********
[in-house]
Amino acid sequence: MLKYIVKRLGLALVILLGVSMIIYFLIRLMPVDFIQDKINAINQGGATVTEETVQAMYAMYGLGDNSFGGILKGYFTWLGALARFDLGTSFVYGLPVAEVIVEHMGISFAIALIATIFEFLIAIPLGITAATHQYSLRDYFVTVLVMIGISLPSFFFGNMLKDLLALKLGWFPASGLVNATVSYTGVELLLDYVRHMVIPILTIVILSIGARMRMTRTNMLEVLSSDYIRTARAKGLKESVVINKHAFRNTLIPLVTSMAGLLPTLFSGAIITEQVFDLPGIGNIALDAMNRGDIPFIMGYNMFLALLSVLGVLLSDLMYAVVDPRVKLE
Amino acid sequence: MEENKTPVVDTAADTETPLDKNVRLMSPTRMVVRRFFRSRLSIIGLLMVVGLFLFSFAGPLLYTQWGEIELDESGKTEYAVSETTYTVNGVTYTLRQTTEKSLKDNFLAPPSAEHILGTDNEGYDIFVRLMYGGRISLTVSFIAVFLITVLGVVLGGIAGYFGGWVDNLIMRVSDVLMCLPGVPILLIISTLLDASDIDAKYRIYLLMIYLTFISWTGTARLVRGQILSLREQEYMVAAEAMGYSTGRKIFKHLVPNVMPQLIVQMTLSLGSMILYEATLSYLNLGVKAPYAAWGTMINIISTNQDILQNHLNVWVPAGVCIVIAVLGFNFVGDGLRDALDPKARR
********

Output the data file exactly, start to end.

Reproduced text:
[in-house]
Amino acid sequence: MLKYIVKRLGLALVILLGVSMIIYFLIRLMPVDFIQDKINAINQGGATVTEETVQAMYAMYGLGDNSFGGILKGYFTWLGALARFDLGTSFVYGLPVAEVIVEHMGISFAIALIATIFEFLIAIPLGITAATHQYSLRDYFVTVLVMIGISLPSFFFGNMLKDLLALKLGWFPASGLVNATVSYTGVELLLDYVRHMVIPILTIVILSIGARMRMTRTNMLEVLSSDYIRTARAKGLKESVVINKHAFRNTLIPLVTSMAGLLPTLFSGAIITEQVFDLPGIGNIALDAMNRGDIPFIMGYNMFLALLSVLGVLLSDLMYAVVDPRVKLE
Amino acid sequence: MEENKTPVVDTAADTETPLDKNVRLMSPTRMVVRRFFRSRLSIIGLLMVVGLFLFSFAGPLLYTQWGEIELDESGKTEYAVSETTYTVNGVTYTLRQTTEKSLKDNFLAPPSAEHILGTDNEGYDIFVRLMYGGRISLTVSFIAVFLITVLGVVLGGIAGYFGGWVDNLIMRVSDVLMCLPGVPILLIISTLLDASDIDAKYRIYLLMIYLTFISWTGTARLVRGQILSLREQEYMVAAEAMGYSTGRKIFKHLVPNVMPQLIVQMTLSLGSMILYEATLSYLNLGVKAPYAAWGTMINIISTNQDILQNHLNVWVPAGVCIVIAVLGFNFVGDGLRDALDPKARR